Now something of an endurance sport, Black Friday shopping — and in some cases, Thanksgiving Day shopping — can drain more than just the wallet.
Nancy Barton, lecturer in the School of Physical Education and Tourism Management at Indiana University-Purdue University Indianapolis, suggests steps shoppers can take to reduce the physical and psychological stress that can accompany what John Talbott, associate director of the Center for Education and Research in Retailing at IU, describes as a “retail arms race.”
“Some have argued that we are wired for desire as a result of our dopamine reward pathways,” Barton said. “When we are overstimulated by a novel experience or unlimited choices on Black Friday, a craving (for more) and insatiable desire is triggered.”
She said the key to combating these desires relies on the executive, thinking part of the brain. However, this control can be hindered if you are stressed out, tired and hungry, arguably the three main traits of an all-night Black Friday shopper. Here are her suggestions.
- Consider opting out of Black Friday shopping. “Can’t we think of another way to give a gift? The answer is: ‘Yes we can!'” Barton said. “There is evidence that experiences — not things — make us happy. Experiences are generally more social. They are likely to be a shared moment, anticipated or relived.”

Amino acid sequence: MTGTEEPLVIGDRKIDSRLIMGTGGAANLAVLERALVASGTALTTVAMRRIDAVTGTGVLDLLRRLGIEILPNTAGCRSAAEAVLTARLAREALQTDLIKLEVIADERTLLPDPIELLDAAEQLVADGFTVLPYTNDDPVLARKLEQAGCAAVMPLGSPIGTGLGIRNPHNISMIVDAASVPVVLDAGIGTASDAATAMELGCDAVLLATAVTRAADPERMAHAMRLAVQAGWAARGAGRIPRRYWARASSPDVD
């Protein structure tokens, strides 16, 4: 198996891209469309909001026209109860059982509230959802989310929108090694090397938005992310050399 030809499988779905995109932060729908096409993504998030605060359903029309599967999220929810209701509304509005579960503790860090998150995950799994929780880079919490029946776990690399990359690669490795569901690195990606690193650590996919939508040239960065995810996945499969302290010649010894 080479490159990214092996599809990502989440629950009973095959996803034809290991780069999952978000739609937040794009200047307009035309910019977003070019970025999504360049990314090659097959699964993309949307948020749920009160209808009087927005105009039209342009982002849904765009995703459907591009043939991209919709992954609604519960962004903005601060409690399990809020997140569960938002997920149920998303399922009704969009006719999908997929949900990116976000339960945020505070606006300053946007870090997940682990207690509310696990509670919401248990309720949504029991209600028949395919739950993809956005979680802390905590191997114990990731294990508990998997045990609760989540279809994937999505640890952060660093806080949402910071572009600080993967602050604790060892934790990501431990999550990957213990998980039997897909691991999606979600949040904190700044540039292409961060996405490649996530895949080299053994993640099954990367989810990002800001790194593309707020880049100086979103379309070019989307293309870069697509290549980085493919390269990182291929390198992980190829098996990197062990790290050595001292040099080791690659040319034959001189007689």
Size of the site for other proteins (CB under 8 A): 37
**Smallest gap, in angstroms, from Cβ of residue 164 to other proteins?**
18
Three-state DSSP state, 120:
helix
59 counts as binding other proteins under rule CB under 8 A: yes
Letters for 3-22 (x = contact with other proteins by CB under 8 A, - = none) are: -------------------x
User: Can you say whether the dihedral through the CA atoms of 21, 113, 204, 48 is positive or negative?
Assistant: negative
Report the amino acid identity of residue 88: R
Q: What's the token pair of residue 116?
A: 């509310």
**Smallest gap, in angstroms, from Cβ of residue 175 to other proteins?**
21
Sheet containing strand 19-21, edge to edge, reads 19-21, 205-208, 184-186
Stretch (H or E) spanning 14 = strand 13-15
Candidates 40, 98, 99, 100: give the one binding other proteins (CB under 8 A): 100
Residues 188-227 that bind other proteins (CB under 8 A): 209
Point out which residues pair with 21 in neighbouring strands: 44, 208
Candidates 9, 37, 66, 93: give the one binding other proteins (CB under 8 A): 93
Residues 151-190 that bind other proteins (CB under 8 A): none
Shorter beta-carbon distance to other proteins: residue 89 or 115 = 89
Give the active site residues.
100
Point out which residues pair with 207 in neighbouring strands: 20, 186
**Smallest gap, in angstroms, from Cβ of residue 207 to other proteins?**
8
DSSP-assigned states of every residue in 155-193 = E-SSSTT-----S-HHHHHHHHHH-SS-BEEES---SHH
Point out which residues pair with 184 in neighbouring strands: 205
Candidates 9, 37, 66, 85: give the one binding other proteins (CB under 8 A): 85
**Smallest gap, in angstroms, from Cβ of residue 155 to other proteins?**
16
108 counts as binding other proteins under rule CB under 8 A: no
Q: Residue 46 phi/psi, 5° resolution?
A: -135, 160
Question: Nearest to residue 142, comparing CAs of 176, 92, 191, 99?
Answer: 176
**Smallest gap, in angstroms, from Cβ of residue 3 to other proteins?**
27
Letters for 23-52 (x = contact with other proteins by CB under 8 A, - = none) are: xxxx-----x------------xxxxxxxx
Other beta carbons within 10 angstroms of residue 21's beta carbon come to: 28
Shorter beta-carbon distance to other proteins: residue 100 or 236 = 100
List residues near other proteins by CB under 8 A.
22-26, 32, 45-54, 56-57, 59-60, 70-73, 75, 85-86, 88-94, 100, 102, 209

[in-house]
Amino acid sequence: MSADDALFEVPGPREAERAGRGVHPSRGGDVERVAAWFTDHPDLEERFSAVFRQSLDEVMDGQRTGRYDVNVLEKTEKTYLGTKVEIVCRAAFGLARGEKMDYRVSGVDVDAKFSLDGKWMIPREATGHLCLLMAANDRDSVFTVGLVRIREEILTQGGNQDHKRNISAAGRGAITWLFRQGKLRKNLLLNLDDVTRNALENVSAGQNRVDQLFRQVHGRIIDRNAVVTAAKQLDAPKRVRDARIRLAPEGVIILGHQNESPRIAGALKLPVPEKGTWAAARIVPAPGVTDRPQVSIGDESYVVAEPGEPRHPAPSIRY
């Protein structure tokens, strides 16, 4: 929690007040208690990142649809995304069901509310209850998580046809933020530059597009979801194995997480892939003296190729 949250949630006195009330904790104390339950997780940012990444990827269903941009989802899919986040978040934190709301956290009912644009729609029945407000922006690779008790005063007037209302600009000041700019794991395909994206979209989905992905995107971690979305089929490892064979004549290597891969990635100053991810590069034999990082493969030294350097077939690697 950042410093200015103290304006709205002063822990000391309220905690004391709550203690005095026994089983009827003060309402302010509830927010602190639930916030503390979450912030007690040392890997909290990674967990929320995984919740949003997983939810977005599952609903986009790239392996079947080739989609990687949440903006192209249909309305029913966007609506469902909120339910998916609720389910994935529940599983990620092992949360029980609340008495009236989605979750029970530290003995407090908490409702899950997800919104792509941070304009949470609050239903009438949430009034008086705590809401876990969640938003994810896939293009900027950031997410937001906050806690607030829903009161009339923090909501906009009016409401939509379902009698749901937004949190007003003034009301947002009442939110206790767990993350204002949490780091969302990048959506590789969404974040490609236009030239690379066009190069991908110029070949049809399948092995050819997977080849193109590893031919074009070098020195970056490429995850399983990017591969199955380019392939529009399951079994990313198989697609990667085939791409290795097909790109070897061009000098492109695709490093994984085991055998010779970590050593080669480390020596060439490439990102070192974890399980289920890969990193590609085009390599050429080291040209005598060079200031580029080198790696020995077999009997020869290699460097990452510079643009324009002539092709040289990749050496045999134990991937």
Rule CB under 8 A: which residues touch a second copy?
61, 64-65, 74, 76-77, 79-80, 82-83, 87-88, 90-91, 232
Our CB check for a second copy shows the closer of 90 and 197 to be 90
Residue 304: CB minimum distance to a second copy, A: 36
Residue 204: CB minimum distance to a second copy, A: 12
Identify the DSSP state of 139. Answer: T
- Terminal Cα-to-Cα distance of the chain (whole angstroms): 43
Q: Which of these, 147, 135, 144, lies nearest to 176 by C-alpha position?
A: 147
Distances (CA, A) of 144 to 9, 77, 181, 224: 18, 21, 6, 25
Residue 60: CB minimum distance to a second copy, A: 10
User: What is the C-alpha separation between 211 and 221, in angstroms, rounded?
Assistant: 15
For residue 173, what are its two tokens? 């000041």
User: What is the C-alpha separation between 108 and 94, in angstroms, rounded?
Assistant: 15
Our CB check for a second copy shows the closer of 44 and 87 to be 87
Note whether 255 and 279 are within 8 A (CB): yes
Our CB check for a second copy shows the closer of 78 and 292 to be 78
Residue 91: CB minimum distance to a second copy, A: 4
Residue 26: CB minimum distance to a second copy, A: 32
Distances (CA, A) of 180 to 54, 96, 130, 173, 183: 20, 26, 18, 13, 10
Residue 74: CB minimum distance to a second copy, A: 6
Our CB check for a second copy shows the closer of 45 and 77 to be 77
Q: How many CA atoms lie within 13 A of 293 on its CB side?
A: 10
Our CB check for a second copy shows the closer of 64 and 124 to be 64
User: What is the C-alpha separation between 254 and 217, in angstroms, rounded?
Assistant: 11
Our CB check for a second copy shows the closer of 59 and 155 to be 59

- Try some self-reflection. “The perfect antidote for ungrateful feelings is to practice a gratefulness meditation,” Barton said. “Every day, list three things that you are grateful for. Embody the feelings of gratefulness. Positive emotions and satisfaction with what you already have start to unfold as you reflect on your list.”
- Stay healthy and buddy up. “Aim for fun,” she said, “because friends, family, companions and social connections are health promoting.”
Talbott, whose research center is in the Kelley School of Business, said he isn’t sure whether being open on Thanksgiving will move the needle upward when it comes to holiday sales figures. He said it has been proven that holiday sales aren’t affected when the shopping season is condensed and includes fewer weekends. Even weather has little effect, although retailers will always point to this issue when they don’t make sales objectives.
He and Barton said that if people find the Black Friday and Thanksgiving Day shopping to be just too much, they should not participate — send a message with their money.
“If society at large wants to change this sort of behavior, the problem can easily be solved by simply not shopping on Thanksgiving Day,” Talbott said. “This will end the experiment, and chances are other retailers will not attempt it in the future.”
But he doesn’t expect that to happen.
Tags: Black Friday, Center for Education and Research in Retailing, Holidays, IUPUI, John Talbott, Kelley School of Business, Nancy Barton, School of Physical Education and Tourism Management, Shopping, Stress, Thanksgiving